After academics and attendance both faltered during the COVID-19 health crisis, Hartford Public Schools are working to recover lost ground and, over the next three years, dramatically increase test scores even beyond pre-pandemic levels.
One of the district’s goals, outlined in the strategic operating plan cited by school officials, is to see half of Hartford’s 17,000 students proficient in reading by 2023-2024, up from 16% in spring 2021. The school system also intends to improve performance in math and science and on college admissions tests.
All academic performance took a hit as COVID-19 amplified the challenges faced by Hartford families, such as transience and housing insecurity, poverty, health issues, language barriers and low literacy.
“People look at this and just say, ‘Wow, you guys are doing horrible as it relates to the state standards,’ not understanding what the differences are between Hartford Public Schools and our counterpart schools,” Ayesha Clarke, chair of the Hartford Board of Education, said during a meeting Tuesday.
Shockingly high rates of chronic absenteeism last year — district students who live in Hartford missed an average of one in five days of school the first semester — hinted at the toll mostly virtual classes were taking on the city’s disadvantaged communities.
End-of-year test scores threw the situation into even sharper relief.
Sharing the data with the school board this week, Chief Performance Officer Bethany Silver started her presentation with a warning: “The results you’re about to see are concerning, very concerning.”
The share of 11th graders meeting the English language arts benchmark on the SAT fell from 37.4% in 2019 to 29.3% last spring. Students who meet the benchmark scores have a 75% chance of earning at least a C in their first-semester college courses.
Reading and writing proficiency among students also fell 4.7% from 2019 in the Smarter Balanced Assessment Consortium (SBAC), a test administered to students in multiple grades.
SBAC scores for English and math were steadily rising for nearly all grades between 2017 and 2019. Last year, the share of students proficient in math fell by nearly 6%, according to the district.
“I think we’ve all seen that there’s much work to be done to respond to the interruptions in learning that we have seen,” Madeline Negrón, the district’s chief academic officer, said during Tuesday’s school board meeting.
As district leaders acknowledged, those interruptions — particularly hybrid and remote learning — have set back schools that are already performing below state standards.
Across Connecticut, half of all SBAC test takers were proficient in English language arts, compared to 20% of Hartford’s test takers, and only 4.1% among English learners and 1.9% among Hartford’s students with disabilities.
There are similar disparities in science and math.
To turn things around, Hartford is continuing the attendance challenges that helped bring students back to school last year, and hiring more instructional coaches.
The district is also spending the next two years giving teachers professional training on the science of reading to guide their methods of teaching.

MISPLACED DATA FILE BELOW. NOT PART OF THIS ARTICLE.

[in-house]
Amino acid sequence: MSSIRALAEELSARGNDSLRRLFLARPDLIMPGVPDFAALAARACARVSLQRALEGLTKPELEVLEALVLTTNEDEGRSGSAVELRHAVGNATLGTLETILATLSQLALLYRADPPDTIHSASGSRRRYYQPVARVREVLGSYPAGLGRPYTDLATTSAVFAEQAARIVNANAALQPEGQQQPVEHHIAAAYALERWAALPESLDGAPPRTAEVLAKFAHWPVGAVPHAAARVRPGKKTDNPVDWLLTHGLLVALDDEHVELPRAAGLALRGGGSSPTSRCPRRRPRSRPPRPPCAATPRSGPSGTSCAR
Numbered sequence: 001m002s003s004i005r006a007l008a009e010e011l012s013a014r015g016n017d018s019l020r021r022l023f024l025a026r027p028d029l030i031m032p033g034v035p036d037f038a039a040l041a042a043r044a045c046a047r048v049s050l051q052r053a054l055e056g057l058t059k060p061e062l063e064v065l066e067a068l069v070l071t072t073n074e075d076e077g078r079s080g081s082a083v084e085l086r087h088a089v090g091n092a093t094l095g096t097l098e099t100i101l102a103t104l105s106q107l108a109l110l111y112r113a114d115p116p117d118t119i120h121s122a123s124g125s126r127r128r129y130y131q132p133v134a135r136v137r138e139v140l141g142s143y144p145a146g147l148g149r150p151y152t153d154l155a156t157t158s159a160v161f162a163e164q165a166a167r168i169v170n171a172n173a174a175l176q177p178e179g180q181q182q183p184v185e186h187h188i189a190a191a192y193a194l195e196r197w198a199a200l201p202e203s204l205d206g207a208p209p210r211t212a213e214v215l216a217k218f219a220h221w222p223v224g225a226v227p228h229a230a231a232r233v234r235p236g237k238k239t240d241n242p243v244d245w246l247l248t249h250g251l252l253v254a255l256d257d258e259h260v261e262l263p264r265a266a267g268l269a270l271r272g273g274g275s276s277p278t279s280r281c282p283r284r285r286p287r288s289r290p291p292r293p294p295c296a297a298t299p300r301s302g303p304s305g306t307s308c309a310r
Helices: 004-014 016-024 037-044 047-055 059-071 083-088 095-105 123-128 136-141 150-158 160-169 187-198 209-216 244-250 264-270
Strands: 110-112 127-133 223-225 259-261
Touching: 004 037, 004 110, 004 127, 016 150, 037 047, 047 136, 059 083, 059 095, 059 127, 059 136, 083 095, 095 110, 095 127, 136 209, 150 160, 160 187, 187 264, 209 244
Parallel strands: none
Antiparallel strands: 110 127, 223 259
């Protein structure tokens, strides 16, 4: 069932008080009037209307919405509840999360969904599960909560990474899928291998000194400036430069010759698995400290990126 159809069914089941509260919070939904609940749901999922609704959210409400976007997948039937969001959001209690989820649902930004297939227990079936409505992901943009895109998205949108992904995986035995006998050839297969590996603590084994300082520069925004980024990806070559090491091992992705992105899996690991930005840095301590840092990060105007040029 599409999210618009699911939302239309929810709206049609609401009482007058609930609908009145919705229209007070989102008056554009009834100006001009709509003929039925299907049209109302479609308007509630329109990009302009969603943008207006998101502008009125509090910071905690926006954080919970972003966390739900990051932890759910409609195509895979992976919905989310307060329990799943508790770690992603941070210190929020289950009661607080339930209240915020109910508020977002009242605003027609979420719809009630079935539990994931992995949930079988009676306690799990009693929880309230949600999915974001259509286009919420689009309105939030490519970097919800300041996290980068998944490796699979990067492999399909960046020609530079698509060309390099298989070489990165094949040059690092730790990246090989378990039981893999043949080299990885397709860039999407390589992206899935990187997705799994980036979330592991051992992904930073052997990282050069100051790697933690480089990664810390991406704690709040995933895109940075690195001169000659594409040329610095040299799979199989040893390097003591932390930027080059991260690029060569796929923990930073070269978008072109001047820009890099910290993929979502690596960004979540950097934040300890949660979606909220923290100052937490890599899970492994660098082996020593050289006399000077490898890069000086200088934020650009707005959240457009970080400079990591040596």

Plans are still taking shape for a return of free tutoring services after school and on Saturdays, a practice Hartford launched last November.
Superintendent Leslie Torres-Rodriguez said she hasn’t decided how the tutoring will be structured this year. The district will likely incorporate tutoring into existing after-school programs and offer the service on its own, using either Hartford teachers or a tutoring company, she said.
Some of the initiatives are possible because Hartford schools are receiving $127 million in federal COVID-19 relief, which must be spent by the end of 2024. The district plans to use some of the money to pay for summer school programs in every school and for every grade, and to support a potential shift to an extended school day or year, Torres-Rodriguez said Friday.
Hartford is also revising its curriculums on an ongoing basis, something she thinks contributed to the gains in test scores prior to the pandemic. There is much greater emphasis on literacy, Torres-Rodriguez said.
Board member Craig Stallings said he’d like to see that priority reflected throughout the community. He suggested that churches help talk about literacy and that neighborhood bodegas reinforce lessons by posting sight words, the commonly used words that young children are encouraged to recognize by sight.
“We can talk about programs until we’re blue in the face, but if no one’s at home reinforcing reading, if no one’s at home reinforcing the math, then there’s very little movement that we can make,” Stallings said.
Board member A.J. Johnson, a pastor and community organizer, gave another example: more children’s storyboards could be added to playgrounds and other public places. He agreed with Stallings that the school district’s problems are community problems that require communitywide solutions.
Torres-Rodriguez said the district can call together all of its partners, from community groups, large organizations like the United Way and faith leaders, “to at least set the stage for the challenge that’s in front of us.”
“What do we mean by early literacy and how is it that other stakeholders can be part of this?” she added. “Point very well taken that this is a broader effort.”
Rebecca Lurye can be reached at email@example.com.